5.5/7 - 2nd was Anton who surprisingly conceded a draw to rapidly improving ACT junior Dillon Hathiramani (rated under 1700 - a great upset!) in Round 1, and otherwise just conceded draws with Moulthun and myself on the second day. It was nice to catch up with him after we played together in the Politiken Cup and Olympiad back in July and August.

5/7 - I came 3rd after losing to Moulthun in a close game in Round 4, and drawing with Jason and Anton on Day 2. I was happy with most of my games after a 3-month break from playing.

4.5/7 - three local players shared 4th-6th, with special mention going to Dillon - after drawing with Anton in Round 1, he did not slow down and scored 4.5/7 (PR 2033) against opposition averaging 1931 - his expected score was 1.75! He is coached by local trainer Peter Simpson (who has also been the trainer of Olympian Emma Guo, and has been helping many Canberra juniors over the years). 

Jason Hu was one of the players on 4/7 - he has recently been performing strongly, and in this tournament he managed to hold a draw against Moulthun, took a half-point bye in Round 4 due to illness, drew with me in Round 5 when he had a rather simple mate in the final position (instead giving perpetual check), and lost to Anton from a position of strength in Round 6. In fact, his biggest test may have been the drive to Canberra - on his last two occasions, in pretty much the same area on his way from Sydney he had crashed into kangaroos who had 'come out of nowhere'.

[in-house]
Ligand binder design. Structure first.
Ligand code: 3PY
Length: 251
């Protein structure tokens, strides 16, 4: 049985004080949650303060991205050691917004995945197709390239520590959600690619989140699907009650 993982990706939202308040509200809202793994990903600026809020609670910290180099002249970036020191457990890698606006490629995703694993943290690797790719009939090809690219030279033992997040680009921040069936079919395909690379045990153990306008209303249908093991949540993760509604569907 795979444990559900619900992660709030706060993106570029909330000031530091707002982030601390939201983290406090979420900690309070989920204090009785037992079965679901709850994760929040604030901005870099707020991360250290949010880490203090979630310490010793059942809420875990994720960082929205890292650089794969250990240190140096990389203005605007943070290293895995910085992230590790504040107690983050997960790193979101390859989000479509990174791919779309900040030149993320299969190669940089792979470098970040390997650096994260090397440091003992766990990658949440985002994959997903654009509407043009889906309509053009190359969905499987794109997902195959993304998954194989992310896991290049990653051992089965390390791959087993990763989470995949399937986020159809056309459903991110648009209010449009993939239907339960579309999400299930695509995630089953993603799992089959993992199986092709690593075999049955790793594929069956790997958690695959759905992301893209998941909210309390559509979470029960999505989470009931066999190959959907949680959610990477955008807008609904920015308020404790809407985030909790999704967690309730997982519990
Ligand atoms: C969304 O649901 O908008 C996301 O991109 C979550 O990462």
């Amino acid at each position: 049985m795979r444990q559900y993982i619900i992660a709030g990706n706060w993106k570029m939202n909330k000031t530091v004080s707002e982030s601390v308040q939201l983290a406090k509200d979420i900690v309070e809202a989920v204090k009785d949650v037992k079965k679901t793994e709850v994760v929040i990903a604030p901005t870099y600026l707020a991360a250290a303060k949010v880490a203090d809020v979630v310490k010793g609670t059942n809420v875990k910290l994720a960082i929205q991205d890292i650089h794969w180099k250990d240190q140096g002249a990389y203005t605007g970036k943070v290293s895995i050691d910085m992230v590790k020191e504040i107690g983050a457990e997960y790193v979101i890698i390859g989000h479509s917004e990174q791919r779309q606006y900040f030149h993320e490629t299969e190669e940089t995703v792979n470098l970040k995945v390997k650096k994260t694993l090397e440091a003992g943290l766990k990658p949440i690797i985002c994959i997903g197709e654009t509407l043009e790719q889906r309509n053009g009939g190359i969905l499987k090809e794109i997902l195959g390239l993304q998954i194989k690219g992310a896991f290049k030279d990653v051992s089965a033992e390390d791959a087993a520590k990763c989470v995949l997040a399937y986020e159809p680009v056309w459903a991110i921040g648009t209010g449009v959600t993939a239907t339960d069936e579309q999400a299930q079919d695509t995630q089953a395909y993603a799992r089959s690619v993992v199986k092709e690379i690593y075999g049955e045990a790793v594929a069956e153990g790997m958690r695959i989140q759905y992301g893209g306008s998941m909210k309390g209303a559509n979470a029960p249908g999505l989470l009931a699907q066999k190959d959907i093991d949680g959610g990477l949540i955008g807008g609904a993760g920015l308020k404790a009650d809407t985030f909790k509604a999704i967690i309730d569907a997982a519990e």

Dillon is on his right
Local junior Michael Kethro celebrated his 15th birthday on Day 2 of the tournament. Apart from Jason, he was the only player to play against the three IMs in the field.


The final crosstable:
Cross Table at round 7
PosTNAMERtgFedPts1234567APRO
1IMLy Moulthun2512QLD6.0
21
1
5
1
7
½
3
1
2
½
4
1
11
1
1968.0
2IMSmirnov Anton2402NSW5.5
6
½
22
1
11
1
5
1
1
½
7
1
3
½
1781.9
3IMIkeda Junta2427ACT5.0
10
1
13
1
8
1
1
0
7
½
11
1
2
½
1995.1
4--Chibnall Alana1882ACT4.5
19
1
7
0
20
1
13
1
8
1
1
0
5
½
1844.0
5--Bliznyuk Andrey1999ACT4.5
17
1
1
0
18
1
2
0
20
1
9
1
4
½
1843.4
6--Hathiramani Dillon1661ACT4.5
2
½
14
½
9
1
8
½
11
0
12
1
13
1
1739.4
7--Hu Jason2192NSW4.0
18
1
4
1
1
½
BYE
½
3
½
2
0
8
½
1991.2
8--Press Harry1903ACT4.0
15
1
9
1
3
0
6
½
4
0
17
1
7
½
1882.9
9--Yin Wenlin2064ACT4.0
16
1
8
0
6
0
17
1
13
1
5
0
14
1
1679.4
10--Braguine Victor1770ACT4.0
3
0
12
½
21
1
11
0
18
1
14
½
17
1
1647.4
11--Kethro Michael1961ACT3.5
BYE
½
20
1
2
0
10
1
6
1
3
0
1
0
2078.7
12--Van Den Hoff Damien1460VIC3.5
13
0
10
½
14
0
22
1
16
1
6
0
20
1
1410.7
13--Booth William1911ACT3.0
12
1
3
0
16
1
4
0
9
0
20
1
6
0
1785.4
14--Suptut Jeff1817ACT3.0
20
0
6
½
12
1
BYE
½
BYE
½
10
½
9
0
1768.6
15--Badrinarayan Sankeer1334ACT3.0
8
0
16
0
19
½
21
0
22
1
BYE
1
18
½
1306.5
16--Radisich Matt (W)1620ACT2.5
9
0
15
1
13
0
BYE
½
12
0
19
1
1551.2
17--Hellmann Oskar1483NSW2.5
5
0
21
½
22
1
9
0
19
1
8
0
10
0
1498.4
18--Hummel Mark1623ACT2.5
7
0
19
1
5
0
20
0
10
0
22
1
15
½
1483.9
19--Yuan Ziqi1053ACT2.5
4
0
18
0
15
½
BYE